Lameness was evident at a walk in two horses the day of intra-articular MSC injection, but was resolved within 24 hours. Therefore no horses required rescue analgesia.
After the first injection, there was a marginal difference in the Lameness Locator® evaluation over time between the AUTO and FBS groups (p = 0.06) but not between the AUTO and ALLO groups (p = 0.2). After the second injection, there was a significant difference between the AUTO and FBS groups (p = 0.046; FBS had increased lameness) and a marginal difference between the AUTO and ALLO groups (p = 0.09; ALLO had increased lameness). There was a significant group effect at day 30 between the AUTO and FBS groups (p = 0.0006; FBS had increased lameness) (Fig. 2).
In this manuscript, there are three main findings. First, laboratory technique to remove xeno-contaminants arising from fetal bovine serum prior to injection of MSCs has a profound effect on the clinical reaction of the synovial joint after intra-articular MSC injection. Using fluorescent microscopy and flow cytometry we demonstrated a greater than 95% reduction in intracellular FITC-FBS after a 48-hour FBS depletion culture period. Xeno-contamination of MSCs when FBS depletion was not performed resulted in marked adverse clinical reaction to a single and repeated intra-articular injection of autologous MSCs compared to autologous MSCs that were FBS-depleted. Second, in strong contrast to previous reports [17, 18] a single intra-articular injection of autologous MSCs did not result in an adverse clinical reaction and there were no increases in TNCC, joint effusion or pain [17, 18]. The third and foremost finding was that repeated intra-articular injection of allogeneic MSCs resulted in adverse clinical reaction after a second injection, 4 weeks later. The increased adverse reaction was characterized by a trend of increased lameness and significantly increased synovial cellular infiltrates compared to autologous MSCs by repeated intra-articular injection. Given the increased adverse clinical reaction after the second intra-articular injection of allogeneic MSCs, it is likely that the reaction is due to adaptive immune activation by allogeneic MSCs but not autologous MSCs.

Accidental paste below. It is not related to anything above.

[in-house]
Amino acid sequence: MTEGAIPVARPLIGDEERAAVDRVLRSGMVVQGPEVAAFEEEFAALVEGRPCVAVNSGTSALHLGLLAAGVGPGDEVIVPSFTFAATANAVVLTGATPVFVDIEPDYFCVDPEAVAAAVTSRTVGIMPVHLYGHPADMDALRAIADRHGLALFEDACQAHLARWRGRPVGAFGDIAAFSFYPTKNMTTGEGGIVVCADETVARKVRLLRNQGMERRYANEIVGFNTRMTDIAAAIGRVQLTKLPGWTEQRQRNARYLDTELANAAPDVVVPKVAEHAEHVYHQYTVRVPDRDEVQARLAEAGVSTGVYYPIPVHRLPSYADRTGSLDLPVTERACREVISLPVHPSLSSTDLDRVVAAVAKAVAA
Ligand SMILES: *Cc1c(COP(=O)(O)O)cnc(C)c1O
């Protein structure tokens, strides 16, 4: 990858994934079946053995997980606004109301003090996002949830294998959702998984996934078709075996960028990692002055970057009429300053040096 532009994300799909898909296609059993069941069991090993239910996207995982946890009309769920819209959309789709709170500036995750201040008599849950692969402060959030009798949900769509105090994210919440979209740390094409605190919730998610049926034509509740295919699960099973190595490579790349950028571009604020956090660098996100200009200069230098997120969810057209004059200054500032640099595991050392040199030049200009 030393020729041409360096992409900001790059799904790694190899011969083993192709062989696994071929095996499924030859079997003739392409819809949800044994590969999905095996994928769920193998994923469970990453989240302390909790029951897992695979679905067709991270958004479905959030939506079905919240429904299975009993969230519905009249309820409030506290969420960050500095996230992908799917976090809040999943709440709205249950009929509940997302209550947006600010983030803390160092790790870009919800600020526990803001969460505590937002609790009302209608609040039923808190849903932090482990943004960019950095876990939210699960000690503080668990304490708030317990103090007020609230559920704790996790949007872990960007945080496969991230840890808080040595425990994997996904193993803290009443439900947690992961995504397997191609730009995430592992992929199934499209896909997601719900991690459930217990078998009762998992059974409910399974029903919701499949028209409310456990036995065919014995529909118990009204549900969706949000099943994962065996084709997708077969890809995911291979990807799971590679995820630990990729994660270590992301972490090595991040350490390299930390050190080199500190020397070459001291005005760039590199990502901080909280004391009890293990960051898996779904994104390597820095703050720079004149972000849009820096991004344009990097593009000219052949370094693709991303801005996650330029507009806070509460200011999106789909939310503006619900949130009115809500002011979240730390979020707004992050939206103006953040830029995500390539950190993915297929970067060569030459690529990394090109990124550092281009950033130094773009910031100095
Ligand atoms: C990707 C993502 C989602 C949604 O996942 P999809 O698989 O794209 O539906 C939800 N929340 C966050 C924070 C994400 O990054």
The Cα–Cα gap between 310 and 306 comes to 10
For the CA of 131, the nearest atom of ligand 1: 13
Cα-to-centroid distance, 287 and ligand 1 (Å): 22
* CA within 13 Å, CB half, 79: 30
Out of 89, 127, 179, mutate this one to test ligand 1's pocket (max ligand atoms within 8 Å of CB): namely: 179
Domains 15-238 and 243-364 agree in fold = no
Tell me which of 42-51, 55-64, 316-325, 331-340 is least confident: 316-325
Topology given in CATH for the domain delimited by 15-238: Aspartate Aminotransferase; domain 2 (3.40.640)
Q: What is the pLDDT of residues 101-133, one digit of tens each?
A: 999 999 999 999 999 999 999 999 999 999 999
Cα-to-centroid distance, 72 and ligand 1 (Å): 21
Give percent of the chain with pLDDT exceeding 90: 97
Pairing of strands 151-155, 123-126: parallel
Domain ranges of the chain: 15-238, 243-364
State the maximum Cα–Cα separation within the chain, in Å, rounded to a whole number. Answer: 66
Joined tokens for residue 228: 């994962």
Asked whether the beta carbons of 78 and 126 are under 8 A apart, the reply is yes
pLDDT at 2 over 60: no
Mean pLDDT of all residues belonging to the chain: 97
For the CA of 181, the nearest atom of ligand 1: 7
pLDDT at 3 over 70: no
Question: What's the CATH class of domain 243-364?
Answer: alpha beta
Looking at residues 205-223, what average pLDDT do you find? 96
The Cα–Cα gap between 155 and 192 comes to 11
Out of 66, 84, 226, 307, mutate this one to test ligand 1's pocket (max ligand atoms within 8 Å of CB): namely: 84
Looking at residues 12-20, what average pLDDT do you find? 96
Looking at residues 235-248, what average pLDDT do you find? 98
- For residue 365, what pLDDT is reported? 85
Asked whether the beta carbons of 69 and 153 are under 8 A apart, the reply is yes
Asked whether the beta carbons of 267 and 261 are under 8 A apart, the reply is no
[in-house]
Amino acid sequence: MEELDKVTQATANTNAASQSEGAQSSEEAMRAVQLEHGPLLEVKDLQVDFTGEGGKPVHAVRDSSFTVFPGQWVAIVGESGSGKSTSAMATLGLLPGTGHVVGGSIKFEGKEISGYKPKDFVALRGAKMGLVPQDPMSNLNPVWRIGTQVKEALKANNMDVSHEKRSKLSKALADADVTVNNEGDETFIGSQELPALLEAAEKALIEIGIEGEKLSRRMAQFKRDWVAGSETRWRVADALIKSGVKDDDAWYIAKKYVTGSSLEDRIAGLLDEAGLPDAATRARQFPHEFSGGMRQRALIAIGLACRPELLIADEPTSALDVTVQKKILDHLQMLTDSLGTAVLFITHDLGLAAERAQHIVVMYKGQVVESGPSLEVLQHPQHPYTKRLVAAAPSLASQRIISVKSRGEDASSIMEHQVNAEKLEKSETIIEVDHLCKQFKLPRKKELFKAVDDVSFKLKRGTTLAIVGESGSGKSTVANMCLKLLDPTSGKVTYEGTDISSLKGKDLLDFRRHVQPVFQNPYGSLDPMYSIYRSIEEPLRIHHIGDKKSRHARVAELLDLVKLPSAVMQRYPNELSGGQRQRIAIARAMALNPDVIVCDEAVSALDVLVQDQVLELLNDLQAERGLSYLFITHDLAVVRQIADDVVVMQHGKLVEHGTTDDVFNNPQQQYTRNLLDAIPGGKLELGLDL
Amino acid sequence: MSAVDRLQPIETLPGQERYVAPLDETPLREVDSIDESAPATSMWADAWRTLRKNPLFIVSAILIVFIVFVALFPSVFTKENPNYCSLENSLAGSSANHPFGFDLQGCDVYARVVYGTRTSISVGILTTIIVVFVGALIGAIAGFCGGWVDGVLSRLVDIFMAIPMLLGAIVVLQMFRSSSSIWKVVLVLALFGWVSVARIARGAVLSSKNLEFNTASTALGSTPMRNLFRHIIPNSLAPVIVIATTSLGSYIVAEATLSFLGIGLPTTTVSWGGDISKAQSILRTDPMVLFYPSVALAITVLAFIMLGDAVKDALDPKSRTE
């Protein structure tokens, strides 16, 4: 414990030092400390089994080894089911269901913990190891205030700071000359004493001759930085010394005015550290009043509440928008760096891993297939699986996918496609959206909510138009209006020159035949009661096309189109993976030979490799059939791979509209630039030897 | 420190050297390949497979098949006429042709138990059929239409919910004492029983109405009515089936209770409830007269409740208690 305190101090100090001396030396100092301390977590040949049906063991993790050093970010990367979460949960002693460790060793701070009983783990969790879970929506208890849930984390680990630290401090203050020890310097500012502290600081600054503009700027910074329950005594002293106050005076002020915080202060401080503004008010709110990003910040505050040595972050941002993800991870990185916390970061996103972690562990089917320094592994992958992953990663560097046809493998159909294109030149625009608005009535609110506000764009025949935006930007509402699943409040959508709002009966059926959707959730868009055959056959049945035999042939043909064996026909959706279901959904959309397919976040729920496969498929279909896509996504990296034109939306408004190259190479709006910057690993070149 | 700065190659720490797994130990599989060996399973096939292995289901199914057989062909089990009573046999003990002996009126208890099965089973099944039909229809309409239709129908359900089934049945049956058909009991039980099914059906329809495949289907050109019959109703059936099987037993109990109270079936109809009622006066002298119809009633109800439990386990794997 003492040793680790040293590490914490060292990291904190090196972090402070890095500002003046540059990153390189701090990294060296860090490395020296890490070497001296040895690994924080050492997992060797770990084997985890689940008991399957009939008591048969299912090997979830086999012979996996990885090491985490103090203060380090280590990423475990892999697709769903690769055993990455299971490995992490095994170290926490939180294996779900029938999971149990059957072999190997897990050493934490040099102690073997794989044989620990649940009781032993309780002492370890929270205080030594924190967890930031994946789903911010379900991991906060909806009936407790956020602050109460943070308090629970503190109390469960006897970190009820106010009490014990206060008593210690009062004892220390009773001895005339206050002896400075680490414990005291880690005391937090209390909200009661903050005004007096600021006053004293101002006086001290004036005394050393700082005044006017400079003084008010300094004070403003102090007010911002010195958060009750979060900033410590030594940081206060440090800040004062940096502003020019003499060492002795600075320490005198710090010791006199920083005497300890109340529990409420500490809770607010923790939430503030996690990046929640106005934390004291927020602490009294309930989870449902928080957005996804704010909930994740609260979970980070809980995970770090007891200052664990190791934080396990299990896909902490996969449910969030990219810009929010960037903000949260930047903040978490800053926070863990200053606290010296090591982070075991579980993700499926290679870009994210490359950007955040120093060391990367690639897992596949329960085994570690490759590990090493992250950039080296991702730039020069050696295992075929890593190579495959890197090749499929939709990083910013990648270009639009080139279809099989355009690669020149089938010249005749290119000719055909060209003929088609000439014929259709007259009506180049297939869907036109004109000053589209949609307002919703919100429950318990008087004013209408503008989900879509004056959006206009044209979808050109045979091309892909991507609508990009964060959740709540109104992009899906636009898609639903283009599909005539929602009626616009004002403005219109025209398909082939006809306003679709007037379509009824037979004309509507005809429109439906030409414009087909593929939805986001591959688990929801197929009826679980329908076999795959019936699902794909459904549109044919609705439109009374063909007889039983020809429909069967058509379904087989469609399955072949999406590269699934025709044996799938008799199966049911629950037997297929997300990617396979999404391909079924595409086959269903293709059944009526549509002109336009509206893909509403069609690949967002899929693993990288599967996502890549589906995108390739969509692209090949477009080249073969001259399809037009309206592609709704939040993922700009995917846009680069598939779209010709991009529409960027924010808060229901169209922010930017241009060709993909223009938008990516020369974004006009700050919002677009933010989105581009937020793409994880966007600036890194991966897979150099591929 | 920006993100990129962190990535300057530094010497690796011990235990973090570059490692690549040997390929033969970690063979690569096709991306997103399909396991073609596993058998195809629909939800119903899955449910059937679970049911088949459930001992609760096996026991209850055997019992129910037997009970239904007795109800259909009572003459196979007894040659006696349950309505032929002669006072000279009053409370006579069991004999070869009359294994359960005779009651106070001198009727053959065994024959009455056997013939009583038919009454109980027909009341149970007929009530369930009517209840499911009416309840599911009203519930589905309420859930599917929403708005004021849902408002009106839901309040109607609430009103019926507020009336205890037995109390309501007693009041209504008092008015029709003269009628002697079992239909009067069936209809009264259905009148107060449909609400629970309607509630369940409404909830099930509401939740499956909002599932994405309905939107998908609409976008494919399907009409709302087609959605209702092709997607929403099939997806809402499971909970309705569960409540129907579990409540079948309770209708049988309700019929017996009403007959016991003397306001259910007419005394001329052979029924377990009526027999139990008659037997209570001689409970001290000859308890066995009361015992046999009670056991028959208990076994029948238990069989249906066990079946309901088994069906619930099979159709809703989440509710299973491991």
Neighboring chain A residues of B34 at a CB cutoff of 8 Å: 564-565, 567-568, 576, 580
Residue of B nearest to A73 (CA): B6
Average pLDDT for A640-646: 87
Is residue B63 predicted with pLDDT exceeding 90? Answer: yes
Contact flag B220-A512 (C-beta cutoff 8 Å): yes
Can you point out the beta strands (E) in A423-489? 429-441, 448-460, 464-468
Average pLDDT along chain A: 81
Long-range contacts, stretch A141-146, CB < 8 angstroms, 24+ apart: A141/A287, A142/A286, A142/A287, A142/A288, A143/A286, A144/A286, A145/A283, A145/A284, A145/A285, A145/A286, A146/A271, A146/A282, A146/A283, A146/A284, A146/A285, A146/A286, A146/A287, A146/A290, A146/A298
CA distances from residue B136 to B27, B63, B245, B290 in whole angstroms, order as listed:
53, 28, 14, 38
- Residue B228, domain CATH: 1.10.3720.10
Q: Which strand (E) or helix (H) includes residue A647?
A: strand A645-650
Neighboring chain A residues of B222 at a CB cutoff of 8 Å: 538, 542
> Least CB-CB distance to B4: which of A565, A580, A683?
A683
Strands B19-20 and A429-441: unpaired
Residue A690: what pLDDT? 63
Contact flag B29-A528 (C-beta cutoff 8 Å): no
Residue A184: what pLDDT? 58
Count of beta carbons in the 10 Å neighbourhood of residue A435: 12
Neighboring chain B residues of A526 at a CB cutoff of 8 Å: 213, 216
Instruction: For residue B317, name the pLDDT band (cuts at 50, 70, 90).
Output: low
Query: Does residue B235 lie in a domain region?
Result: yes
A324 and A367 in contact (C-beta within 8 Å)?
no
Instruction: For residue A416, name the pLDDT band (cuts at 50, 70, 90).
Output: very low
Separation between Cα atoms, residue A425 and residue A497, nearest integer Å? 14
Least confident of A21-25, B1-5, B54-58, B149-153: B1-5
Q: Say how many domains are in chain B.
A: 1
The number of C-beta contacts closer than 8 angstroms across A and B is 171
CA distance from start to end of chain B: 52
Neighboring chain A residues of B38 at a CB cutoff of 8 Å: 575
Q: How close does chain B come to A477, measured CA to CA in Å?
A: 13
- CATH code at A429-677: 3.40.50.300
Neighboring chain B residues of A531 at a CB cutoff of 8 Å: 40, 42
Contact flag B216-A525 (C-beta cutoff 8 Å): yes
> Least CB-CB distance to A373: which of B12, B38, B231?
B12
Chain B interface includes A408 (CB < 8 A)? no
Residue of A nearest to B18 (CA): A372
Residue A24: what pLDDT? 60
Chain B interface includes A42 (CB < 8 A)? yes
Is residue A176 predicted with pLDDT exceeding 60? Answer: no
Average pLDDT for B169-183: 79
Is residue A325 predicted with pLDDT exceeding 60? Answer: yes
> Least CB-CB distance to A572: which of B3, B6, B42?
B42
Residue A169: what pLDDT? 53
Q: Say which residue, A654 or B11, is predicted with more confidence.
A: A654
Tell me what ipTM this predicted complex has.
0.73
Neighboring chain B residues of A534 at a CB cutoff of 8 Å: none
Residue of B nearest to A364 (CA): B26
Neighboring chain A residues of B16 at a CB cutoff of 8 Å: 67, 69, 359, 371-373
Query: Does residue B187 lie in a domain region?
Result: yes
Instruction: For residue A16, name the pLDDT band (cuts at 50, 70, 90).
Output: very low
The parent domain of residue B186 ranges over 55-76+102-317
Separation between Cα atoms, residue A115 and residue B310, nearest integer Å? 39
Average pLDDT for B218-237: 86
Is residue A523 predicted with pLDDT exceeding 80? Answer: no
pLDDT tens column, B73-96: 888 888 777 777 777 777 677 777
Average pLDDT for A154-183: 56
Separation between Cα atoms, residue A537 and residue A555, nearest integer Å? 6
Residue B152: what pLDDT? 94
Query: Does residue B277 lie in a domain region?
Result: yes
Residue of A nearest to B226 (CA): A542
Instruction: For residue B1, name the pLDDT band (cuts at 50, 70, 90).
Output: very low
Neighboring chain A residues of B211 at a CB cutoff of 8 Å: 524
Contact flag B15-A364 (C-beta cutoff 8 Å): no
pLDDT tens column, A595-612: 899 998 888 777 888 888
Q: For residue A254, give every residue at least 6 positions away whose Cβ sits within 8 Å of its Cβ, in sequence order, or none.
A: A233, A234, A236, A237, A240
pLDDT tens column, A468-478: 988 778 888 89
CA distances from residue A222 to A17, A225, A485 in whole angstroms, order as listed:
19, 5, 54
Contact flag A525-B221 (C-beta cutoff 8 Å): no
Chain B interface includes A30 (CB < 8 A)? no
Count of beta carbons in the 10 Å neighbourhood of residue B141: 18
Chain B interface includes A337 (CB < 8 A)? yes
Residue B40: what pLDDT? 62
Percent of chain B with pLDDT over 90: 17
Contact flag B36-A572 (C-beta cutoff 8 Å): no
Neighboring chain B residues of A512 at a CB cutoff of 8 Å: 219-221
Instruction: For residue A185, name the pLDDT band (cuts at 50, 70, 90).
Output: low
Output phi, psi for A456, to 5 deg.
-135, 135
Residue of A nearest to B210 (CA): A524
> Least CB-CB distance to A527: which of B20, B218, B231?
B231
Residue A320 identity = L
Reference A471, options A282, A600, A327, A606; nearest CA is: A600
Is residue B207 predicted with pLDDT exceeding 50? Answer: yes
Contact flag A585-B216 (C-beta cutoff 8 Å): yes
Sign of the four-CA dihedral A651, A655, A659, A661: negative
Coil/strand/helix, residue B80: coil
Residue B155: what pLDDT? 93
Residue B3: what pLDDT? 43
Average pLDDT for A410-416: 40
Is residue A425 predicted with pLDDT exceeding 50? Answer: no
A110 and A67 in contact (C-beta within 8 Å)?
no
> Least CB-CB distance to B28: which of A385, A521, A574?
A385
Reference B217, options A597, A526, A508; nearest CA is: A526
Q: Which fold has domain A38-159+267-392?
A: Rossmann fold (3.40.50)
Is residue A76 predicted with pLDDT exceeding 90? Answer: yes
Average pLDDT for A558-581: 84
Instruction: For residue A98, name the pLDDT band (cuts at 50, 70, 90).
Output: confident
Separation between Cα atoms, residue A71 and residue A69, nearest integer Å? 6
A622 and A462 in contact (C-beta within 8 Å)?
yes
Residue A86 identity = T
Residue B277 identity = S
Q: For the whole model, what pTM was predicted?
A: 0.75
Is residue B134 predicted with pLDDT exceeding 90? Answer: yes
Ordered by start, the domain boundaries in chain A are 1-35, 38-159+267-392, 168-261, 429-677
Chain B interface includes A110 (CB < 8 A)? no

Control joints injected with media alone (95% autologous serum and 5% DMSO that had been thawed immediately prior to injection) were used to assess for a response to synoviocentesis and media itself. In cell-injected joints, there were mild increases in the percentage of neutrophils and total protein after the initial MSC injection in all three groups. These values were further increased after the second injection, again for all three groups. Because similar changes were seen in the control injected joints, this is simply a response of the synovial joint to synoviocentesis and to the control media itself. The elevations in neutrophils and total protein and lack of elevation in TNCC from our control injected joints were less than that reported after intra-articular saline injection, which causes a mild and transient synovitis .
Immune responses to allograft can occur via several pathways involving both innate and adaptive immunity. Although the immune privilege and immune modulatory activity of allogeneic MSCs in vitro is fairly well understood and frequently cited, allogeneic MSCs are now being considered immune-evasive in vivo rather than truly immune privileged . This is because of the reduced long-term persistence of allogeneic MSCs [37–42], increased allo-antibody production [43, 44], increased cellular infiltrates [37–39, 45], and complete immune responses (cellular and humoral) [46, 47] that occur after allogenic MSC administration compared to autologous. Thus, immune responses to allogeneic MSCs secondary to their immunogenicity could negatively impact cellular longevity and efficacy [16, 48, 49].
The expression of MHCII by equine MSCs has been reported to be variable  despite maintaining the expected immunophenotype for MSCs and expected ability to undergo trilineage differentiation. One horse in this study within the ALLO group received MSCs that were MHCII positive. This did not influence the adverse joint reaction and the values of TNCC and TP from the individual horse were similar to the ALLO group medians, which indicate that T cell responses are not responsible for the adverse clinical response or that the AUTO ALLO paired was MHC compatible. Thus it is more likely that MHCI or other cell surface molecules are responsible for the apparent immunogenicity of allogeneic MSCs that we demonstrate.